Ann Webley shows how teaching grammar can be fun and can lead to arresting writing
Manipulating words for effect - whether in non-fiction or fiction - is a powerful tool. I like to tell children how much power they have over the reader, and that this power comes from their understanding of grammar.
I enjoy teaching grammar and talking to teachers about different ways of approaching it. Success all depends on how children are taught. Grammar teaching must be interactive, investigative, repetitive but fun, and firmly rooted in a familiar context. Many aspects of sentence-level work can be taught through playing games. This allows the teacher to exploit opportunities for visual, auditory and kinaesthetic learning. Examples might be: * The children see sections of sentences in different colours and work on putting them together or manipulating the order.
* They hear the structure being repeated as the sentences are read out or the games repeated orally.
* They move around the room when playing some of the games in order to create their sentences.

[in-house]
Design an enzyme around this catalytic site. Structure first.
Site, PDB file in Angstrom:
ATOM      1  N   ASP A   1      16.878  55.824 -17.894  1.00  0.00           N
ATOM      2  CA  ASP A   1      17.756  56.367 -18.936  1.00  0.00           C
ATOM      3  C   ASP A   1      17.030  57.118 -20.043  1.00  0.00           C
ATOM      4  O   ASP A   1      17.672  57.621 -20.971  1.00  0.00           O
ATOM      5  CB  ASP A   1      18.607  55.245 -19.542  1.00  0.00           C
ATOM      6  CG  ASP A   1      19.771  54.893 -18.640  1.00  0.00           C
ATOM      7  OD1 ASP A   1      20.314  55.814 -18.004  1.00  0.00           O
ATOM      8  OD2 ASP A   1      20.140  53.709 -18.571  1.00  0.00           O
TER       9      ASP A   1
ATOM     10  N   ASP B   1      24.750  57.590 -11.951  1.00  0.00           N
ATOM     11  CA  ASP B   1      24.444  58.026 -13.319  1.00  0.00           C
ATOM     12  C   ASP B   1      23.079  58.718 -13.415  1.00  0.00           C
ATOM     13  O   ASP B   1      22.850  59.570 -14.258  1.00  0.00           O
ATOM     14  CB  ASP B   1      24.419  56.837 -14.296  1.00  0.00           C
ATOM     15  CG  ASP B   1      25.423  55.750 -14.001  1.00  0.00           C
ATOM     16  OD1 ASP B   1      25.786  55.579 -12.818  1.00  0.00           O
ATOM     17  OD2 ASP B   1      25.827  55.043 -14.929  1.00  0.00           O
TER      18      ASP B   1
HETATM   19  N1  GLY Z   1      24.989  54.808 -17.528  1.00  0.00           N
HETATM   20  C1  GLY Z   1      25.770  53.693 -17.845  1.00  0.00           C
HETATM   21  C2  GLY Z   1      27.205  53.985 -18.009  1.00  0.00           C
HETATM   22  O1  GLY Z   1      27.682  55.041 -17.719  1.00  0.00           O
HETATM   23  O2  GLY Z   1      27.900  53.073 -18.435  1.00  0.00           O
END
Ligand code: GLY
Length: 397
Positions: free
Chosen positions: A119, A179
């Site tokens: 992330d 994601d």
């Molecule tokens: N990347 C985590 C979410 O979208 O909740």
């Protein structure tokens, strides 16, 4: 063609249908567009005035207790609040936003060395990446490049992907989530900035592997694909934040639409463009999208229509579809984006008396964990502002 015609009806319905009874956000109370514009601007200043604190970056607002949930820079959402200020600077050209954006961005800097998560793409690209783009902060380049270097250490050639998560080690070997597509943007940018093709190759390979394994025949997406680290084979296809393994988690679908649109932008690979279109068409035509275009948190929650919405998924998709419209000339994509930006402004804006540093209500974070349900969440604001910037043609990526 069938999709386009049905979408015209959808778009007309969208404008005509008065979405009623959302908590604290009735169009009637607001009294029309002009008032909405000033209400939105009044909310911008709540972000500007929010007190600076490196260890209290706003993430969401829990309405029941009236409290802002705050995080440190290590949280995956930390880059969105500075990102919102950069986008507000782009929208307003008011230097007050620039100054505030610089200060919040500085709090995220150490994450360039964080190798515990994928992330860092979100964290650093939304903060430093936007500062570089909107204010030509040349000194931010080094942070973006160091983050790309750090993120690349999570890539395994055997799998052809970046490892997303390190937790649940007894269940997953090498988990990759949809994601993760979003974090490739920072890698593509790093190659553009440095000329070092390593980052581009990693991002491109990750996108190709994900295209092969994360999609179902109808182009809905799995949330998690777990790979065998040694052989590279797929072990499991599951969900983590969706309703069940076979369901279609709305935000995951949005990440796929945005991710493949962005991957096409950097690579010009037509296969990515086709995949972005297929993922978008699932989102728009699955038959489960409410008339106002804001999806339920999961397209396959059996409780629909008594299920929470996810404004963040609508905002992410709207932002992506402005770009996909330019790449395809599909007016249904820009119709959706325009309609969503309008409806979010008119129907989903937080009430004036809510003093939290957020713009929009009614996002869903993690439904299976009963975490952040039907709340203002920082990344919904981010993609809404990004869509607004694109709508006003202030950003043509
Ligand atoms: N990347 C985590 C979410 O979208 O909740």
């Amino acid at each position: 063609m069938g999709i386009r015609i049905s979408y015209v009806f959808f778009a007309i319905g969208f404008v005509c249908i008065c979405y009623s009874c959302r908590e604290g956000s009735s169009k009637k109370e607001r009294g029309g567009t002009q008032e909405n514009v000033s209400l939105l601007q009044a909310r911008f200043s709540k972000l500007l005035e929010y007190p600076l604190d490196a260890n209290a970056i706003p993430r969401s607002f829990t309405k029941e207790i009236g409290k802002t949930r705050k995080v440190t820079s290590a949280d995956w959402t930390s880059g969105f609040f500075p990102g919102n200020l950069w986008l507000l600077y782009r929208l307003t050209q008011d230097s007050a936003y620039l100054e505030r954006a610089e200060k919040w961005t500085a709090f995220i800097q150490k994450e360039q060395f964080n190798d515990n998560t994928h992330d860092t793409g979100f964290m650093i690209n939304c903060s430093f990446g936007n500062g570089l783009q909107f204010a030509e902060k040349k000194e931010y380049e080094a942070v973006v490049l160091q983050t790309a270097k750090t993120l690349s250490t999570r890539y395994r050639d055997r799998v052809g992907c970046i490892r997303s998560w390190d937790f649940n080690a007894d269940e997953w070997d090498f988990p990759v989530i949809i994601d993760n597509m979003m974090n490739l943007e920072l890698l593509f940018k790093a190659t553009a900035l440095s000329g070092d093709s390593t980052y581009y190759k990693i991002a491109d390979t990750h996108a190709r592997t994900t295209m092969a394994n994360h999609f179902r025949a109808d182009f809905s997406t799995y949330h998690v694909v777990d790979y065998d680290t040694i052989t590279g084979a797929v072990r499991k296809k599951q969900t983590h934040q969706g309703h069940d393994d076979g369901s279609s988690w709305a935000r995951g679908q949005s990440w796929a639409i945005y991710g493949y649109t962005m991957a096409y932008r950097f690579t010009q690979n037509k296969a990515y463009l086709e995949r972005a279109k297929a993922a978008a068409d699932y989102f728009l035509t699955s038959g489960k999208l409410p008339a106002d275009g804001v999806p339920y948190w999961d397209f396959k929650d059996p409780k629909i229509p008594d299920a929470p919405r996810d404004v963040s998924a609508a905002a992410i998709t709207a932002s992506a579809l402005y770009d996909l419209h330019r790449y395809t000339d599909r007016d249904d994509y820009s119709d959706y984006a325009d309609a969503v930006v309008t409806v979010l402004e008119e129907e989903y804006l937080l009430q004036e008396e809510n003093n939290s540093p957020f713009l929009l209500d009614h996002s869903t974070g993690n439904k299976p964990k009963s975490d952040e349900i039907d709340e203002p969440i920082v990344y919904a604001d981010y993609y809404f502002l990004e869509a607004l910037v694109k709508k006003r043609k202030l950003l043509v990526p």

* They learn and practise the relevant punctuation and see the punctuation marks reinforced by an agreed gesture and hear a noise.
I have noticed that the children are engaged in the lesson the whole time.
Everyone is busy; everyone is learning. The teacher does not rely on the written answers to a grammar exercise to see if everyone has understood.
It is an amazing thing - but call an activity a game, present it with a great deal of build-up and excitement and even quite sophisticated Year 6s will happily go along with you. It is, of course, important to vary the activities.
A key stage 1 game
Aim: to introduce compound sentences using "and". Demonstrate first, then the children play.
Give out "subjects" of sentences written on cards of one colour (eg "Aladdin and the princess").
Give out "ends" of the sentences on cards of a second colour (eg "jumped onto the magic carpet").
Children sort themselves out and make sentences - no full stops. Give out "and" cards (third colour) and additional clauses on the second colour (eg "flew over the city").
They see the parts of the sentence in different colours and see it getting bigger. They move about to do it and are all involved. They hear the sentence structure when they read it aloud and make the noise for the full stop. They don't write anything at this stage.
A key stage 2 game
Aim: to "drop in" a relative clause starting with "who" or "which".
Write a sentence on card and then cut it with scissors - very visual. For example take "Harry Potter defeated Voldemort". Cut it into "Harry Potter" and "defeated Voldemort", so making space for a relative clause.